New Zealand is a favorite destination for first-time travelers as it is packed with
adventure and dozens of things to do. With its ever-changing landscapes, volcanoes,
mountain ranges, and massive parks, New Zealand is a place you'll remember for a
Whether you're a daredevil in search of adventure or a couch potato looking for
relaxation, there's something for everyone in New Zealand. If you are traveling for the
first time to New Zealand, the breathtaking beauty of this country will amaze you.
Here is a quick travel guide to the top must-see places in New Zealand and things to do
if you're visiting the country for the very first time.
1.Fox and Franz Josef Glacier
There is no place like this in all of New Zealand's unspoiled natural wilderness, which
is why it was named "The Heart of Glacier Country." With guided tours, you will discover
many attractive hot springs and deformed frozen landscapes full of ice caves at the foot
of the glaciers. Then, experience the most spectacular glacier scenery this country has
to offer with a helicopter ride. You will enjoy the magnificent view of this
eight-mile-long river with a bluish-green hue. If you visit in January, you may catch a
glimpse of the red flowers of Rātā trees blooming on the hillsides.
If you are flying to Auckland, you can head to Rotorua first. Located 200 km south of
Auckland, Rotorua is home to most of the Maori population in New Zealand. The cultural
experience will familiarize you with the Maori traditions and their history. You could even
try living in a small village called Whakarewarewa. With 18 lakes, hiking and bicycling
routes, and saunas, Rotorua offers a great combination of adventure and relaxation.
If you want to explore the best cities in New Zealand, Auckland is the place to go to.
It boasts a spectacular skyline, high-rise dining, dinner cruises, and museums. North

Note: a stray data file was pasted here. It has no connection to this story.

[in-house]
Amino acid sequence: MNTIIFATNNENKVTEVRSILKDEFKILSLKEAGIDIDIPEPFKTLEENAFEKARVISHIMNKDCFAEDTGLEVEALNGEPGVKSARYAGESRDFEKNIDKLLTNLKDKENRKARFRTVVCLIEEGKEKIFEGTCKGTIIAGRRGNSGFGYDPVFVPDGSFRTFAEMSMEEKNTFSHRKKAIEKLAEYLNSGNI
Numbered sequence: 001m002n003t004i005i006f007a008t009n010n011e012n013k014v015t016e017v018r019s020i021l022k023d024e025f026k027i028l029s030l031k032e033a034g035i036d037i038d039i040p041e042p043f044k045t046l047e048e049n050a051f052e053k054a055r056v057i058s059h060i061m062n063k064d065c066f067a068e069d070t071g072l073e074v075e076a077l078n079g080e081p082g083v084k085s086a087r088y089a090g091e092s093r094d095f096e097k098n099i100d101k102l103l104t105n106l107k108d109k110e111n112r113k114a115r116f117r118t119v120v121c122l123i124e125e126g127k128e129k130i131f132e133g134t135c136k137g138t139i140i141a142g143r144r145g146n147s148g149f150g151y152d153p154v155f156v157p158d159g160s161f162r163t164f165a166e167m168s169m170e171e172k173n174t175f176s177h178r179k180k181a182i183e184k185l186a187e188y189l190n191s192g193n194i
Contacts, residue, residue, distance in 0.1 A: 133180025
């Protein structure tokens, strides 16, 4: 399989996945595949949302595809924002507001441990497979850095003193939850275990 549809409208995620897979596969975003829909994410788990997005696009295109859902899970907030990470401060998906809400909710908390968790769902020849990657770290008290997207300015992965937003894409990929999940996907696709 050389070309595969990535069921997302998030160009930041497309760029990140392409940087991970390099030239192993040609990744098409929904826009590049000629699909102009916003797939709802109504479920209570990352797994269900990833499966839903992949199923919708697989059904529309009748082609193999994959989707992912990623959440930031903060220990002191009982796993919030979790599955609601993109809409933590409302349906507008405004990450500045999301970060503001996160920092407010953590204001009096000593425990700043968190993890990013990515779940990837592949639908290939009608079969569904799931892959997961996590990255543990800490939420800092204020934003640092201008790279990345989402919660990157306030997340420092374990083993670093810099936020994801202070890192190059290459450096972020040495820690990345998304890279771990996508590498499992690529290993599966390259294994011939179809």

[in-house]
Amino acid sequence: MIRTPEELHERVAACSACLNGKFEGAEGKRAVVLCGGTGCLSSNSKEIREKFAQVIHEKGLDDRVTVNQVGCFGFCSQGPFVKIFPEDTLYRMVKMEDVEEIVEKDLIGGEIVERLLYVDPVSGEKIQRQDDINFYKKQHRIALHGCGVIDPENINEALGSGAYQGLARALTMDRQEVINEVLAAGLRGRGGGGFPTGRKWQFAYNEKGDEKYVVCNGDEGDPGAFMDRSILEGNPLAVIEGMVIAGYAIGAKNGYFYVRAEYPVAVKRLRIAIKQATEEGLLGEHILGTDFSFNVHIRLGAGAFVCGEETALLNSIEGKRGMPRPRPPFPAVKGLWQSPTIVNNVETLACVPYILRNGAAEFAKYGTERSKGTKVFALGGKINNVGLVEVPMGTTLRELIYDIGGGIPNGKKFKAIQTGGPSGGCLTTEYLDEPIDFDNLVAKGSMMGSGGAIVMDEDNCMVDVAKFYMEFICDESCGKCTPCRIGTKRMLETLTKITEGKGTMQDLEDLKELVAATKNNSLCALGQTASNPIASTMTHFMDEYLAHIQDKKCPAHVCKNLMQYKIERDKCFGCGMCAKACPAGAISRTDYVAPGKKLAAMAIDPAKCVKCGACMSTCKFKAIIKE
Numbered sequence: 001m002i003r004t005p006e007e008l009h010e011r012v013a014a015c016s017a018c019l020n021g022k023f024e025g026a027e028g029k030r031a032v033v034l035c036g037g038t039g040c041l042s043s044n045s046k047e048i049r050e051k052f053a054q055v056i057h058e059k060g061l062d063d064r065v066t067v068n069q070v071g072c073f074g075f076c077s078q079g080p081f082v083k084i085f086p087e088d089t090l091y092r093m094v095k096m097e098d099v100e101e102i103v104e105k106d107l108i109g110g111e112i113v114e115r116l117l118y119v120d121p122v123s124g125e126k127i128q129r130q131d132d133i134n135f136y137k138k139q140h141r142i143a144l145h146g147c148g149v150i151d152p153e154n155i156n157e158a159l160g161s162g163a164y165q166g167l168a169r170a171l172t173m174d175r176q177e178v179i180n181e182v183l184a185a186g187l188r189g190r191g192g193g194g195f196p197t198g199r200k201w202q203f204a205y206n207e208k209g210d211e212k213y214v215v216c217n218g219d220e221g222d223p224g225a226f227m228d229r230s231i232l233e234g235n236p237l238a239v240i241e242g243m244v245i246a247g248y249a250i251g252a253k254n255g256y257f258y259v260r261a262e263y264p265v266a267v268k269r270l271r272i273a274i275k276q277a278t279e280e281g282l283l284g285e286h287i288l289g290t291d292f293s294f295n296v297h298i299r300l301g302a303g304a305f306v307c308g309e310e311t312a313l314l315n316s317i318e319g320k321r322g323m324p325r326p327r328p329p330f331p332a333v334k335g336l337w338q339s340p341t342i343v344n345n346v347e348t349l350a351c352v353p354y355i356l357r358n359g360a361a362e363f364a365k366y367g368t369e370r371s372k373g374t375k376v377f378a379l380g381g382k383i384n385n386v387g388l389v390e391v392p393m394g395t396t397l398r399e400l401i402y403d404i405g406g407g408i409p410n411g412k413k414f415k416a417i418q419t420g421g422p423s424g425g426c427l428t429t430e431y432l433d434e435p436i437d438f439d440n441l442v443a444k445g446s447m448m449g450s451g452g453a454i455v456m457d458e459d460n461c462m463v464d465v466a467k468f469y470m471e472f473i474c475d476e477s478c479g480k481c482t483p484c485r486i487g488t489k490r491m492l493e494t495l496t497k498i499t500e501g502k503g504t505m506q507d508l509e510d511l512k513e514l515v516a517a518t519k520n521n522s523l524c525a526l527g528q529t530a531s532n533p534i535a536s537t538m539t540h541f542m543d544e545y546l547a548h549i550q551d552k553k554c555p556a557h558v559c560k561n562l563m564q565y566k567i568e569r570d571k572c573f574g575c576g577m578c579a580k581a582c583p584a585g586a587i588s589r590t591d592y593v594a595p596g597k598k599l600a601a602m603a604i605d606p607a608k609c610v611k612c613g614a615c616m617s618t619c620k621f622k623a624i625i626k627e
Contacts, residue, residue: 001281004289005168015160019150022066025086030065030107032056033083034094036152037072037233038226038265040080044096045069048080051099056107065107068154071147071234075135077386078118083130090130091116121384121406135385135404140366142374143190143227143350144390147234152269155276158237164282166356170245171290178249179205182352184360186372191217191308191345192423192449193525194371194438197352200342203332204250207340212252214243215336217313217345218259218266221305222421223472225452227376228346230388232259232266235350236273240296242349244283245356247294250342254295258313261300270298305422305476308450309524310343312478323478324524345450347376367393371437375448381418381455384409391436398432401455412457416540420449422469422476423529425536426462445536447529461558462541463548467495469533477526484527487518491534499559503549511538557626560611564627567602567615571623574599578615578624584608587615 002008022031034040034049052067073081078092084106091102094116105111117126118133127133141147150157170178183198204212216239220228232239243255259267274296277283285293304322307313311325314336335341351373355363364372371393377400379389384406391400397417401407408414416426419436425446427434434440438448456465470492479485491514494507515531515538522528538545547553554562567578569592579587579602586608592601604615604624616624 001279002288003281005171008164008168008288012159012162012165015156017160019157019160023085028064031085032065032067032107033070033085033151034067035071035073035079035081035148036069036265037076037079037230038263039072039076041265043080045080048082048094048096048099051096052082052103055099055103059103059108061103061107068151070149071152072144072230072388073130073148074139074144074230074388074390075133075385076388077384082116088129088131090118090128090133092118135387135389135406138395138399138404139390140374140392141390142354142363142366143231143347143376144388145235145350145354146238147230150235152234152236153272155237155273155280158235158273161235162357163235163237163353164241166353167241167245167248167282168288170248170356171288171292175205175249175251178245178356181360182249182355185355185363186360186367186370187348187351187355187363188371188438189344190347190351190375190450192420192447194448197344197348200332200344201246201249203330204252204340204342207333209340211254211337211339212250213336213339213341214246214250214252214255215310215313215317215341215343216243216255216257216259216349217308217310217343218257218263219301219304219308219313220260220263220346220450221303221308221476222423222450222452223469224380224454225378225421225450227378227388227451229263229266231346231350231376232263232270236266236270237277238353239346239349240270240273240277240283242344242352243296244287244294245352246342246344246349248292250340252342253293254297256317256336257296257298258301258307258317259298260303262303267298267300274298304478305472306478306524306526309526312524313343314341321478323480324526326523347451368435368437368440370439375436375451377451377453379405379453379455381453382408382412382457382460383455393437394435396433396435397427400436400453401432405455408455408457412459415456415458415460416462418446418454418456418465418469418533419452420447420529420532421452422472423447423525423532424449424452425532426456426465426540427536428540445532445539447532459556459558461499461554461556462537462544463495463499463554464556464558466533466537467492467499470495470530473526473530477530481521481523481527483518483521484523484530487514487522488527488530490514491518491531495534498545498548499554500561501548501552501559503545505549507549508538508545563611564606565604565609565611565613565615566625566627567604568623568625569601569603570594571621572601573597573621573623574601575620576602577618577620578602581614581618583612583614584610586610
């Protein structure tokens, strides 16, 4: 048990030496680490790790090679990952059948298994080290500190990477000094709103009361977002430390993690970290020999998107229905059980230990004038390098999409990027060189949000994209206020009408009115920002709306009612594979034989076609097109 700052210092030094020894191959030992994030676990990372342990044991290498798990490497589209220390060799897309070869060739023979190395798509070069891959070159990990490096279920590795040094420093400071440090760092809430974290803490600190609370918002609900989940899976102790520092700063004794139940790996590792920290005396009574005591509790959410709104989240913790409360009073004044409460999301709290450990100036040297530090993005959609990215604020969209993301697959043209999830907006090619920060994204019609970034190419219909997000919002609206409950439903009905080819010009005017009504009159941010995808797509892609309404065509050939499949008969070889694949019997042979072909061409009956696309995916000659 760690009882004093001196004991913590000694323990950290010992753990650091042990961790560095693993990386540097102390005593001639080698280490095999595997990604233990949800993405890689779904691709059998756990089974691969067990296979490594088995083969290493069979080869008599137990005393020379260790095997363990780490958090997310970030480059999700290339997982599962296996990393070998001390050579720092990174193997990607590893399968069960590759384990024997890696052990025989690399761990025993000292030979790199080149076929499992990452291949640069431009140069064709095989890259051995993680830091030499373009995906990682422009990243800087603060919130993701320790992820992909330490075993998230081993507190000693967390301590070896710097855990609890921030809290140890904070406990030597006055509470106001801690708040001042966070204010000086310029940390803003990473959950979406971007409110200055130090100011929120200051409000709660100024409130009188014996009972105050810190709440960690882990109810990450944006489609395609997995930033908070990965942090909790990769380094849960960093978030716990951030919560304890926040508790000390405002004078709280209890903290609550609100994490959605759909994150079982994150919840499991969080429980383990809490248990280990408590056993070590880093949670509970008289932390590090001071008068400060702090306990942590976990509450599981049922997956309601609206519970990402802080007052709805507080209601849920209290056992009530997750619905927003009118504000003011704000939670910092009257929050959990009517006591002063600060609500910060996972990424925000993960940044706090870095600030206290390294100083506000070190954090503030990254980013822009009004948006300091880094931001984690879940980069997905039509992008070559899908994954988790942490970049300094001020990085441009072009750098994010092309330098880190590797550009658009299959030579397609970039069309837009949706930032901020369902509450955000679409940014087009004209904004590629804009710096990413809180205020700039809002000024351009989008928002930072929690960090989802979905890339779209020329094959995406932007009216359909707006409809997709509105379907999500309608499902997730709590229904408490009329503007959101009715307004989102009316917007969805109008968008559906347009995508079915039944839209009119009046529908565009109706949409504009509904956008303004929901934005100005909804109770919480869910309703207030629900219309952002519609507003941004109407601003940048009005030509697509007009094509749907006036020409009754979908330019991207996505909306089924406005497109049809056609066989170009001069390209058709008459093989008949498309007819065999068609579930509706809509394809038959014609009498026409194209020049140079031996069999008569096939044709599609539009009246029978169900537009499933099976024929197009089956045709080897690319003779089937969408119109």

Island’s most cosmopolitan city offers an abundance of cafes with alfresco spaces where
you can watch superyachts pass by while sipping on your cup of coffee.
In addition to being famous for its art gallery and war memorial, Auckland is a popular
shopping destination for tourists.
A nighttime visit to Auckland City is an unmissable experience. You'll find loads of
things to do—relish some delicacies at the Auckland night market filled with food
stalls, do a bit of stargazing at Auckland Stardome, and watch an interesting mix of
local and international movies at the Boutique Cinema. If you are adventurous, you might
want to try Night Canyoning. This activity includes gliding down streams and waterfalls
in the wilderness and mountain ranges. Not for the faint-hearted!
4.Bay of Islands
Bay of Islands is a collection of more than 140 islands with immaculate beaches, Maori
artifacts, and water activities. It's a major hub for watersports like big-game fishing,
sailing, and scuba diving. Experience some of New Zealand's top mountain-biking terrains on
this voyage of discovery, which will delight bikers and cyclists. Explore a maritime
adventure playground with an abundance of wildlife like penguins, dolphins, and whales, and
then take a cruise past the famous hole in the rock.
If you're tired of the adventurous trekking and sea sailing, take the 40-minute ferry
from Auckland to the Island of Waiheke famous for wine tasting. The idyllic island of